2014 Annual Science Report

Pennsylvania State University Reporting  |  SEP 2013 – DEC 2014

Developing New Biosignatures

Project Summary

This project works to develop new biosignatures based on element, molecules, or isotopes. For example, we are working with the method secondary ion mass spectrometry (SIMS) to analyze microorganisms or microfossils. We are also looking at the Isolation and analysis of F430, archaeol, and IPL-archaeol from the Cascadia Margin. We are also interested in DNA as a biosignature. For that work, we are extracting DNA from deep sea sediment and other difficult environments. Finally, we are also investigating prebiotic molecules in order to known which carbon-containing biomolecules can not be reasonable biosignatures.

4 Institutions
3 Teams
9 Publications
2 Field Sites
Field Sites

Project Progress

Developing New Biosignatures

One of our tasks right now is the use of DNA as a biosignature. We continue to analyze DNA recovered from multiple horizons of deeply-buried sediment from both the Costa Rica Margin and Hydrothermal Mounds near Okinawa. We have numerous horizons with extracted and sequenced DNA from Okinawa hydrothermal mound, Costa Rican Margin, and the Equatorial Pacific. DNA analysis (genetics and genomics) are proceeding. In general, the analysis have revealed that (1) Archaea make up a substantial proportion of the subsurface biosphere, (2) Chlorofexi make up a significant portion of the bacterial populations, and (3) some notable microbial groups increase as the sediment temperatures increase.

Another significant task is investigating the microorganisms in methane seep environments. Microbial aggregate abundance within the carbonate interior exceeds that of seep sediments, and molecular diversity surveys reveal methanotrophic communities within protolithic nodules and well-lithified carbonate pavements. Aggregations of microbial cells within the carbonate matrix actively oxidize methane as indicated by stable isotope FISH–nanoSIMS experiments and 14CH4 radiotracer rate measurements. Carbonate-hosted methanotrophy extends the known ecological niche of these important methane consumers and represents a previously unrecognized methane sink that warrants consideration in global methane budgets. Also, applying compound-specific carbon isotopic analysis to seep sediments, we have found over 100 permit 13C range for molecules derived from methane-oxidizing archaea. This is a significant results because it indicates that geochemical signatures of methane seep microbes can preserve signatures including both lipid biomarkers and isotope heterogeneity. Also related to biosignature preservation, our team has been investigating tetragonal microstructures present in the carbonates that resemble seep-endemic Methanosarcinales cell clusters. Despite morphological similarities to the seep-endemic microbes that likely mediated the authigenesis of Eel River Basin carbonates and sulfides, detailed petrographic, SEM, and magnetic microscopic imaging, remnant rock magnetism, laser Raman, and energy dispersive X-ray spectroscopy, suggest that these microstructures are not microfossils, but rather mineral structures that result from the diagenetic alteration of euhedral Fe-sulfide framboids. Electron microscopy shows that during diagenesis, reaction rims composed of Fe oxide form around framboid microcrystalites.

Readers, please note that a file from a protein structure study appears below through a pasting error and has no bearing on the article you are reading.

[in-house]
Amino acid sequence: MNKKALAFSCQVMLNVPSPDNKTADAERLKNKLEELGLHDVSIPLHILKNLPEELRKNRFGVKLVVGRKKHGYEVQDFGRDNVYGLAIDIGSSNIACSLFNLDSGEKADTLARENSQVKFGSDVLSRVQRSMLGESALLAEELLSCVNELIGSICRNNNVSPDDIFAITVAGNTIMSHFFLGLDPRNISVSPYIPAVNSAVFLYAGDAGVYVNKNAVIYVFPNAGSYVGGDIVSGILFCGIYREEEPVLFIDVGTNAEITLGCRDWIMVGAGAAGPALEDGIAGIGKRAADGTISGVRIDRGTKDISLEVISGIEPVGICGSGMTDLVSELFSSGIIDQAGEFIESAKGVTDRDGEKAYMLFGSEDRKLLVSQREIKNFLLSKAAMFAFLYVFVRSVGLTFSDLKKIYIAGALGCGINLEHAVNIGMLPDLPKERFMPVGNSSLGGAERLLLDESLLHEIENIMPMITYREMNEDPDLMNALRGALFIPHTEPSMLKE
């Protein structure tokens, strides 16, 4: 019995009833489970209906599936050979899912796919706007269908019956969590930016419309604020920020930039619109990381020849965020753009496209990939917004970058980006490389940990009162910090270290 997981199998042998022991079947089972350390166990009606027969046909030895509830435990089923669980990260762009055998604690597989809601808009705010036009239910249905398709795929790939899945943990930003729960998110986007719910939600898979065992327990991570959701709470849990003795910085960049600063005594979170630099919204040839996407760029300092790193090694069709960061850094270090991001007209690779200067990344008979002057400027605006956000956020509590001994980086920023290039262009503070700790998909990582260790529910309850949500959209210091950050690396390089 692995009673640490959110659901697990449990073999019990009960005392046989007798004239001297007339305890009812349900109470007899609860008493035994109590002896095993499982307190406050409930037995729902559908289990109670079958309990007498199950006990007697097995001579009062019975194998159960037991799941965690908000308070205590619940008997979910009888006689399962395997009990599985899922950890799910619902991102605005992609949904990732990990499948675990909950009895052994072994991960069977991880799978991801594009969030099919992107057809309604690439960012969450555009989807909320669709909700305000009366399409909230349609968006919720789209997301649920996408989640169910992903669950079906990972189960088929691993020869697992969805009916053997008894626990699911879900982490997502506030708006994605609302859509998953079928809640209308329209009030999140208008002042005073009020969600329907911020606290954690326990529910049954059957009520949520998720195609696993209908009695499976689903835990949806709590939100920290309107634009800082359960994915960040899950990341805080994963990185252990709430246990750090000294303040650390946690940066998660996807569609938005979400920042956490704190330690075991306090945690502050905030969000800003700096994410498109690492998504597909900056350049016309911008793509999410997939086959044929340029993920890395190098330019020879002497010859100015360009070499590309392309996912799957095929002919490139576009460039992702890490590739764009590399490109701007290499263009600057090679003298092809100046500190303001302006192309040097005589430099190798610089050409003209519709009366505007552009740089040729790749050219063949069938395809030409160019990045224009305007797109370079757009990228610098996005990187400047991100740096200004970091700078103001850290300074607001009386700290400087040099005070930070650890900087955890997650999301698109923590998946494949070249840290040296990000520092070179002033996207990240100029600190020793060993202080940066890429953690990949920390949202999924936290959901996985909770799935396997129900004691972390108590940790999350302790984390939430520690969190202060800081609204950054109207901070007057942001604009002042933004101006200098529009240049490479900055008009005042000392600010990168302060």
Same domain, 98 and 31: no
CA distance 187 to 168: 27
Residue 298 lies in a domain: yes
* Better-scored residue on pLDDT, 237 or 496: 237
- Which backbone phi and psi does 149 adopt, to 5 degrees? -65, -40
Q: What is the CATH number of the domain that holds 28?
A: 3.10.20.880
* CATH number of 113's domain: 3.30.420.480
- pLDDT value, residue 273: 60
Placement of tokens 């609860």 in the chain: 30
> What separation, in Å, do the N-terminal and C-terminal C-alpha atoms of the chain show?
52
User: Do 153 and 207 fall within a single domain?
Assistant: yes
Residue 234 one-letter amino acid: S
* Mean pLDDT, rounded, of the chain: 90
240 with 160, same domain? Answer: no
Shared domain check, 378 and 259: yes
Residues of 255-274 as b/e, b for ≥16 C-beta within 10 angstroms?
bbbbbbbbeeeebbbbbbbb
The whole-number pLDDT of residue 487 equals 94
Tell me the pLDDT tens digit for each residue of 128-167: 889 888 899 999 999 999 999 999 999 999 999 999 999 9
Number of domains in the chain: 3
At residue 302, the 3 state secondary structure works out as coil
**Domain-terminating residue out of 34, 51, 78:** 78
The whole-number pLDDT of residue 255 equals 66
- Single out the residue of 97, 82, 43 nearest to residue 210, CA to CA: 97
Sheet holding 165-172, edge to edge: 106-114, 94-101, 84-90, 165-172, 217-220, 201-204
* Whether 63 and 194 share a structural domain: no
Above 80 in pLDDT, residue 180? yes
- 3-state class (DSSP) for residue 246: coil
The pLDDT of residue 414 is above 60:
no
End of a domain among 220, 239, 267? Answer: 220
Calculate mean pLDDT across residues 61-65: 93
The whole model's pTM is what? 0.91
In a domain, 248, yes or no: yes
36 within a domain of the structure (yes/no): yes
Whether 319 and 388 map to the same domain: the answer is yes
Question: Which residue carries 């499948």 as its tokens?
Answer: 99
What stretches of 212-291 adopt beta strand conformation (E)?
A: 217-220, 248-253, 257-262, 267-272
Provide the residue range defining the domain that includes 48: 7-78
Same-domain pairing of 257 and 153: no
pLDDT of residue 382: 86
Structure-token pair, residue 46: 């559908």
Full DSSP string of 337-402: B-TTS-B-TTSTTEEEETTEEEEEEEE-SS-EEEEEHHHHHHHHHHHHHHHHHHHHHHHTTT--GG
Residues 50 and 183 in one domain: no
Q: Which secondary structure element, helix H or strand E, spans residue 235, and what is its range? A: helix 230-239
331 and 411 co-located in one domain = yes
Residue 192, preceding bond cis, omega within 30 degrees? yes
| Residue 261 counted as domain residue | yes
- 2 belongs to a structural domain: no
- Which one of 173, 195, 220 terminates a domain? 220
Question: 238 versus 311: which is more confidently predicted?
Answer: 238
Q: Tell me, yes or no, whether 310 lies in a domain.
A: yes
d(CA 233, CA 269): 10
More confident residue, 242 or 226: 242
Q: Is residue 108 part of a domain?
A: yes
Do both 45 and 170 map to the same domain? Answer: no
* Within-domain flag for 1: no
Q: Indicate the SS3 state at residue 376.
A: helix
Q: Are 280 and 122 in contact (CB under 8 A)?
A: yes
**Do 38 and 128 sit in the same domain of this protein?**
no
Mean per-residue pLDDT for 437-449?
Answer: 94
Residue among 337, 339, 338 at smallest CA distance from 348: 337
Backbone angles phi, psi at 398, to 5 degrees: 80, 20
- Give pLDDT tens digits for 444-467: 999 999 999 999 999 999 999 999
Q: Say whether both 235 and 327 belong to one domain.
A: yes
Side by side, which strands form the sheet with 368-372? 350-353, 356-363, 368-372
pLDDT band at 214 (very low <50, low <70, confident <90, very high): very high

Recently, our work has extended beyond preservation of methane seep microbiota on Earth to the preservation of such a community on Mars. Seven distinct fluids representative of putative martian groundwater were used to calculate Gibbs energy values in the presence of dissolved methane under a range of atmospheric CO2 partial pressures. In all scenarios, AOM is exergonic, ranging from – 31 to – 135 kJ/mol CH4. A reaction transport model was constructed to examine how environmentally relevant parameters such as advection velocity, reactant concentrations, and biomass production rate affect the spatial and temporal dependences of AOM reaction rates. Two geologically supported models for ancient martian AOM are presented: a sulfate-rich groundwater with methane produced from serpentinization by-products, and acid-sulfate fluids with methane from basalt alteration. The simulations presented in this study indicate that AOM could have been a feasible metabolism on ancient Mars, and fossil or isotopic evidence of this metabolic pathway may persist beneath the surface and in surface exposures of eroded ancient terrains.

Another portion of our research involves rock weathering to soil. This year, we have made very good progress on our investigations of Fe mobility and isotopes in soil profiles on diabase and basalt on Earth as a way of understanding weathering on Mars.

In looking at potential biosignatures, we have also needed to further understand prebiotic chemistry. If molecules are readily formed and preserved in the absence of life, then they are not reliable biosignatures. In extending known prebiotic chemistry, we found pyridine carboxylic acids in CM2 carbonaceous chondrites. These compounds could be potential precursor molecules for ancient coenzymes. We also have found that lipid vesicles, which form can be formed fairly robustly in prebiotic experiments, protect activated acetic acid. Methyl thioacetate, or activated acetic acid, has been proposed to be central to the origin of life and an important energy currency molecule in early cellular evolution. Our recent work suggests that the hydrophobic regions of prebiotic vesicles and early cell membranes could have offered a refuge for this energetic molecule, increasing its lifetime in close proximity to the reactions for which it would be needed. This model of early energy storage evokes an additional critical function for the earliest cell membranes.